HENDERSONVILLE, Tenn. (Christian Examiner) -- The numbers of orphans and at-risk children worldwide are overwhelming with 253 million having no parents—or at least one able or willing to care for them.
For one Tennessee congregation, it is an issue that led them to look into how to care for abandoned and neglected children—many of whom are easy prey for human traffickers and, worse still, ready targets for sexual slavery.
Realizing the daily struggle these children face just for the basic necessities of food, clothing and shelter, First Baptist Church in Hendersonville began a task force to help the congregation understand the problem and how to help.
Globally, about 600,000 to 800,000 are victims of human trafficking each year, and half are children. About 50,000 persons are trafficked in the United States, annually. In Tennessee, 94 children are enslaved every month.
Moreover, in Nashville alone, 100 minors are sex trafficked a year according to the latest reports.
Regrettably, no segment of the population is immune. Trafficking has been uncovered at truck stops, among tourists, amid conventions, in one of the region's most affluent communities, and even on a military base.
"Exploitation, especially sexual trafficking, is a massive problem," said Janet Hutton, a leader for the one-year-old 4Freedom Human Trafficking Task Force at First Hendersonville. "One of the most disturbing statistics is that 1 in 3 girls are sexually abused by the time they are age 18. Most Americans do not realize how bad the problem is, and that's one of the things we are trying to change."
The 4Freedom Task Force coordinates education and awareness initiatives at First Hendersonville and represents the congregation with outside entities like Rescue 1Global which leads a modern abolitionist movement to eliminate human trafficking in the U.S. and abroad. It is a relationship that allows the task force to stay informed and plugged into regional and local anti-trafficking efforts.
The task force also reaches out to at-risk populations around Nashville with a feeding ministry, and each week FBCH volunteers join other area churches to serve 100 boxed meals.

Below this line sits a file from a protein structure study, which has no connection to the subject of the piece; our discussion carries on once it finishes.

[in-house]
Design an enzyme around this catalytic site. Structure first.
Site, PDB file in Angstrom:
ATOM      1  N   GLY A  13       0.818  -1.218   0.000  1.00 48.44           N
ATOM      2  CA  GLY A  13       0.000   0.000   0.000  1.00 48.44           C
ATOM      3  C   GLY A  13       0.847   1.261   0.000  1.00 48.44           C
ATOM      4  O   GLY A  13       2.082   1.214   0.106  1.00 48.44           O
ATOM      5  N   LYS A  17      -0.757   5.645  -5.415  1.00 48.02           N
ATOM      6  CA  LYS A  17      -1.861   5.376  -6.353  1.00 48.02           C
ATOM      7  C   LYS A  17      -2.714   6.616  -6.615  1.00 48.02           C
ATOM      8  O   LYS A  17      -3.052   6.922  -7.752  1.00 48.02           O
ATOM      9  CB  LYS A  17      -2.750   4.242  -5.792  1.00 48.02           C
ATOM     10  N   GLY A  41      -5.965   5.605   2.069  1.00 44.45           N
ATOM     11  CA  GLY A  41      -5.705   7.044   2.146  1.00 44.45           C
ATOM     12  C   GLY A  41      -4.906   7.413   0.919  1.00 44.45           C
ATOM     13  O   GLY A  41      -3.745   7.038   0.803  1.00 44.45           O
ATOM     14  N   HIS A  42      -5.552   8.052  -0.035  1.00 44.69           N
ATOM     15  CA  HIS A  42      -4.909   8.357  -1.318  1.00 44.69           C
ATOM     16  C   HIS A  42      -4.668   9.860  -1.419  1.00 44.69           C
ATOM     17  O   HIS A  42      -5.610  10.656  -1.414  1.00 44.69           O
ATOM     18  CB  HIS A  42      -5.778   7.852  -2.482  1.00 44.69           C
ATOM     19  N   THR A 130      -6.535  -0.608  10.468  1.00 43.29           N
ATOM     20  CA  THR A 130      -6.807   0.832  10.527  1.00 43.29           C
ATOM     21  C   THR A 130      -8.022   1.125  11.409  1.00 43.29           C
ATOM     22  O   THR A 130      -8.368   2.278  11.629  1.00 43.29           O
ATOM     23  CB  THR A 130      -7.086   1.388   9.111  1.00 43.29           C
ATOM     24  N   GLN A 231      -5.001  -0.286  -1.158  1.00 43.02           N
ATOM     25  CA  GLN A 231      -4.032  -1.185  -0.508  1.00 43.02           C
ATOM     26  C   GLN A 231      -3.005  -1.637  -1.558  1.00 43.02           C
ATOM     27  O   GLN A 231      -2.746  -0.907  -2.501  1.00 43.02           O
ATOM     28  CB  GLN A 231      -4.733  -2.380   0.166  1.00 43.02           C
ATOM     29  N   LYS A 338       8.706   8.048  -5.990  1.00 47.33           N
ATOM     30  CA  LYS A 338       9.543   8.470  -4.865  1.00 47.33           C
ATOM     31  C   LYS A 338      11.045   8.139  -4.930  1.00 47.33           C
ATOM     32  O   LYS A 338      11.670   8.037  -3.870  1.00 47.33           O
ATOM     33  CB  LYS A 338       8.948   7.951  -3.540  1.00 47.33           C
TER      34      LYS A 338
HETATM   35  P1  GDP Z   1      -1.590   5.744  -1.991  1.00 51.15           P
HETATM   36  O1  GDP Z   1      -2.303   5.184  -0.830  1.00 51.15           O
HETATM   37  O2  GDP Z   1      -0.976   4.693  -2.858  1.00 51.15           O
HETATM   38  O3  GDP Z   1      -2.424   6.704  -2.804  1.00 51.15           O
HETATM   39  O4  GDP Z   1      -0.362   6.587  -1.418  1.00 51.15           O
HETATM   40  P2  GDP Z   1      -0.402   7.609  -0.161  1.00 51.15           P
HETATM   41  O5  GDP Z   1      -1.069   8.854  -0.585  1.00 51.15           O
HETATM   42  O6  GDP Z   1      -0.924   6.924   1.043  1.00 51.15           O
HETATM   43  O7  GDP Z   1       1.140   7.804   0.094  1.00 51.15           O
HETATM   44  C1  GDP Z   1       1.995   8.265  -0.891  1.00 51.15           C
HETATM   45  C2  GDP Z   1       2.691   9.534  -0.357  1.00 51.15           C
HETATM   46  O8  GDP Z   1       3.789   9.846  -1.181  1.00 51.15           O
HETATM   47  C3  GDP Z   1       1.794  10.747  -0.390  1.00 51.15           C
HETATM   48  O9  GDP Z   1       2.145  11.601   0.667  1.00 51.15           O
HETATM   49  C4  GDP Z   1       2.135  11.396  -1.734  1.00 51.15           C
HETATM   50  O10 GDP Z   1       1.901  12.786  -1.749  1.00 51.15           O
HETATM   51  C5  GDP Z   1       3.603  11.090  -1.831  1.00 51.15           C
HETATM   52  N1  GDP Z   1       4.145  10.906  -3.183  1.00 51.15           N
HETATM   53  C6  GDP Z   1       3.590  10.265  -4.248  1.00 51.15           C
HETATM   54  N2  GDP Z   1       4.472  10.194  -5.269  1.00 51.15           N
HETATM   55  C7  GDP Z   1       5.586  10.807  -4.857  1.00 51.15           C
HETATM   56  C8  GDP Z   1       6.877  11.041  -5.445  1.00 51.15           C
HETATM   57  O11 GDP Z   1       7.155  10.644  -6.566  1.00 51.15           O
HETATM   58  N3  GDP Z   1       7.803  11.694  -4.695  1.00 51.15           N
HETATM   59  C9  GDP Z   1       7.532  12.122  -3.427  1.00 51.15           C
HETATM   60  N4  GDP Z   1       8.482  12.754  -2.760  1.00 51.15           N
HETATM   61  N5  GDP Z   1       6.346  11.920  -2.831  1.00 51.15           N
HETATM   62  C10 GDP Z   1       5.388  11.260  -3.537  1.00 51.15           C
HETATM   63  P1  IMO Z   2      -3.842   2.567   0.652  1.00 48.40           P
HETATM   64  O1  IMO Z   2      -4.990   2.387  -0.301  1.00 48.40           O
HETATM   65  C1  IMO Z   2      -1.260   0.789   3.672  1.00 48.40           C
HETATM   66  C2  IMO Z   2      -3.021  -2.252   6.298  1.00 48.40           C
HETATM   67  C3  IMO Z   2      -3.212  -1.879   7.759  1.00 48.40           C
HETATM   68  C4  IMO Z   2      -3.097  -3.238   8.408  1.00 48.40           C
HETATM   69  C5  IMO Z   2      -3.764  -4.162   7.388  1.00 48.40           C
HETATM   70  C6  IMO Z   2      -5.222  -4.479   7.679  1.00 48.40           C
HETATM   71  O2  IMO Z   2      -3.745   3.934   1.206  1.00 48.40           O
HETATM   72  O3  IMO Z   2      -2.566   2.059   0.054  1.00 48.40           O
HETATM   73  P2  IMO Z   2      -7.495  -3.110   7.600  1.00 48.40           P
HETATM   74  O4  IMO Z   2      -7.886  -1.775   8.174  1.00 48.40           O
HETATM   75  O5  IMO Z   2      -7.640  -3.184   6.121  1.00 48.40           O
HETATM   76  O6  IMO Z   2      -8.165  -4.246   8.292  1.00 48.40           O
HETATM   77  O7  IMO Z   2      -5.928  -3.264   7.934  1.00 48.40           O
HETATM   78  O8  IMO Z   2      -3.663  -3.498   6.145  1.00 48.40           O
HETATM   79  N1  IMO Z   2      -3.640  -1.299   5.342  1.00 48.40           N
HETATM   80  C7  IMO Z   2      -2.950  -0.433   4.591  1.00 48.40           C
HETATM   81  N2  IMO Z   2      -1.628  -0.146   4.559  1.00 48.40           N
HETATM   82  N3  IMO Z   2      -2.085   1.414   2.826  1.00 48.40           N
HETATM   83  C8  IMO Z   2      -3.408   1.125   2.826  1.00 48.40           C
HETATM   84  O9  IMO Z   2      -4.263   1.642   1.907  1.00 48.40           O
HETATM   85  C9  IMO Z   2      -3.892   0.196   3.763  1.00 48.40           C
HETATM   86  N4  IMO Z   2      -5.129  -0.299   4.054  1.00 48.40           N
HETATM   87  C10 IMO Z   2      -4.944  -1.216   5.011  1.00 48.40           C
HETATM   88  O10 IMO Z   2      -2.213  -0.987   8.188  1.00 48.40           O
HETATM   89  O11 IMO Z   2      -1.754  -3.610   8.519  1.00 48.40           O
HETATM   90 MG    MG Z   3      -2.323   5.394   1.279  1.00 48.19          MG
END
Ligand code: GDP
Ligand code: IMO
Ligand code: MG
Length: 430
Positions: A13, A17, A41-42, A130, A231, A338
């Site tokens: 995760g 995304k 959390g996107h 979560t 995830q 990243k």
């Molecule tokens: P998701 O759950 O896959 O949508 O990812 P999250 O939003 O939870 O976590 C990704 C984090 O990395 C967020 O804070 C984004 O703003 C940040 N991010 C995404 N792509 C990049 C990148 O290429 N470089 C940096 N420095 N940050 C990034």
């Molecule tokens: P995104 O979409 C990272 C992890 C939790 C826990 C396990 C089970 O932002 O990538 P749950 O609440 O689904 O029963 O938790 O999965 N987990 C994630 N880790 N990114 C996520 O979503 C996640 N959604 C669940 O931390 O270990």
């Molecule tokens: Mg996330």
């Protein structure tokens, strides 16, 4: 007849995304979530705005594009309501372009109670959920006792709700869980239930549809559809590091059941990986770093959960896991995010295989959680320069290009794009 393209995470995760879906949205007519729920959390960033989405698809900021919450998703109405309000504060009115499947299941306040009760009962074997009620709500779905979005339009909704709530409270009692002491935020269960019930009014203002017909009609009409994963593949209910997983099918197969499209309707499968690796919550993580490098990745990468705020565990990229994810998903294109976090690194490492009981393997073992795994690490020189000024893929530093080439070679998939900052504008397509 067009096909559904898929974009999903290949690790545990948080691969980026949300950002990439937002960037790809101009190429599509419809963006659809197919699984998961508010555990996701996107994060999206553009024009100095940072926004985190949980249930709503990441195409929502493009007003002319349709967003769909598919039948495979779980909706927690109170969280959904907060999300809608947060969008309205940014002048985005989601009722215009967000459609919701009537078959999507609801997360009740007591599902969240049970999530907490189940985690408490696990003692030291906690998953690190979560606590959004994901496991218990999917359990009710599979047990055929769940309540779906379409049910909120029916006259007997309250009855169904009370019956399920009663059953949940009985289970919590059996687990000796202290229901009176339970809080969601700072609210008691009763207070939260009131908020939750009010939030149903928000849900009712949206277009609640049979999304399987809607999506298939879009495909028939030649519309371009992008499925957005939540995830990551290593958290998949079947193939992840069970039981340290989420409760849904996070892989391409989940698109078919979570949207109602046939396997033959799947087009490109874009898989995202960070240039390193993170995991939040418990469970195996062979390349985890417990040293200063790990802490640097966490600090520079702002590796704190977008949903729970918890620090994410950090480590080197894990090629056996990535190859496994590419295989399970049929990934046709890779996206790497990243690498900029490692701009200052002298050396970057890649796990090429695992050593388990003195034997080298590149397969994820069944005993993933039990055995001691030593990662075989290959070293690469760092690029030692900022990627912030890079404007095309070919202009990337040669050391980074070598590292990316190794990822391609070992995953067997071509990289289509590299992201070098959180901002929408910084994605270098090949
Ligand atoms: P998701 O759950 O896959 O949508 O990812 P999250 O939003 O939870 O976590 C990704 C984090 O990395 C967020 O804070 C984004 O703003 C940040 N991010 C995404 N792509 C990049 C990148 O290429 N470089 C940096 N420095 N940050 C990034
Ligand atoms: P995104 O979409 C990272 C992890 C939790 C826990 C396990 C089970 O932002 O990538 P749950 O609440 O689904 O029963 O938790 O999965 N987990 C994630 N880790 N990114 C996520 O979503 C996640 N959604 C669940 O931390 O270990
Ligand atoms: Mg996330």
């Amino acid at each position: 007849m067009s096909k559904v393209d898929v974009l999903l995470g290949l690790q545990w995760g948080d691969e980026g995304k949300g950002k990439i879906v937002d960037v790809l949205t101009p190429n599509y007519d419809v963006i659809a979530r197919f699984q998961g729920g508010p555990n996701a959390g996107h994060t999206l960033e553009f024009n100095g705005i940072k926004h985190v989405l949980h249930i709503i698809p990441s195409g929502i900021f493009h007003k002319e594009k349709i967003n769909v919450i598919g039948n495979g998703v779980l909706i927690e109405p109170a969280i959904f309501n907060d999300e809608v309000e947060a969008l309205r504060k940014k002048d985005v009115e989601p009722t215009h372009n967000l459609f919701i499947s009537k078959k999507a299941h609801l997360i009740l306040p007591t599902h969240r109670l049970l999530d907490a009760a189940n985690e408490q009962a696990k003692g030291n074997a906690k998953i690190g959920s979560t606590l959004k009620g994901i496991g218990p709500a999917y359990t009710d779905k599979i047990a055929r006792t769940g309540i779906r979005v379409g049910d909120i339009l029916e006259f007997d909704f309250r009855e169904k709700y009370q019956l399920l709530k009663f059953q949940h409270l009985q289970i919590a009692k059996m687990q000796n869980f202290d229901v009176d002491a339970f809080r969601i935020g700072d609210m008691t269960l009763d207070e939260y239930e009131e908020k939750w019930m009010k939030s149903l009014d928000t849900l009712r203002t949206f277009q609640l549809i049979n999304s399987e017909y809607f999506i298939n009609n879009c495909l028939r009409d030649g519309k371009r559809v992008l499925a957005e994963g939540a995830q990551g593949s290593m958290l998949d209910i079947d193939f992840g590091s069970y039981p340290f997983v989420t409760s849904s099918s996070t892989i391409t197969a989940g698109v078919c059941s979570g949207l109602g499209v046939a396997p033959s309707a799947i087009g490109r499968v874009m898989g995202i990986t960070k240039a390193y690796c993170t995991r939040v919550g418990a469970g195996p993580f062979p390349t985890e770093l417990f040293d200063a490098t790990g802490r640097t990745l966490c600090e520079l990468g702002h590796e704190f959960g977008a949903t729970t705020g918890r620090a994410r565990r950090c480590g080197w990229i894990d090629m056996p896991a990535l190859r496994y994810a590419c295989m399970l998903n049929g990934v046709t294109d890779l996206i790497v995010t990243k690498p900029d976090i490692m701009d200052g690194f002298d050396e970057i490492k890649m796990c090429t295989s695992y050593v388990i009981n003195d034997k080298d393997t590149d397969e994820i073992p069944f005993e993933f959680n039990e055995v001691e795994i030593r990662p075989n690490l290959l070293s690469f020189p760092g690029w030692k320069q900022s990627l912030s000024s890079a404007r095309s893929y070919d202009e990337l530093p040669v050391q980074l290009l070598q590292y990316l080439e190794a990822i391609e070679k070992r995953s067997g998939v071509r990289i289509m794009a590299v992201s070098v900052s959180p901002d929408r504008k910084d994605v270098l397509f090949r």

"We've been offering these meals since the first of March, and it has allowed us to develop relationships, love on them, share the Gospel and pray with them," said Hutton. "Some of them are very close to being homeless and some are particularly vulnerable to traffickers."
Moreover, the 4Freedom Task Force began a meal ministry last month to at-risk populations in Hendersonville, and the team has published a 40-day prayer guide to help congregational members know how to pray for this initiative.
Hutton prays participation in this ministry will grow.
"We need more workers to help us, especially in the street ministry when we go out week after week. We may be serving 150-200 people, so we will need help. We have an opportunity to be the hands and feet of Christ. You know Jesus didn't wait for people to come to Him. He went to them and ministered as He went. That is what our prayer is—that we can minister and make His name known."
She also shared that one of the greatest needs in this ministry area is for a safe house in Nashville, where survivors of trafficking could get treatment for the trauma they've experienced, and begin the transition to freedom which is sometimes a difficult process.
"Right now survivors have to go out of state to find a safe house specifically set up to help victims of trafficking. There's not one in Tennessee. Their age, gender and circumstances determine where they can go. But they have to go out of state. We're praying that God will provide a home in Tennessee soon," she said.
Contemplating the challenge, Hutton said that, largely, human trafficking is a hidden crime.
"We hope to shed light on the problem and to be light in the process," she said. "We want to protect those at risk, rescue the trapped, and minister to survivors, helping them find freedom from trafficking and sharing with each the message of hope found in Jesus Christ."
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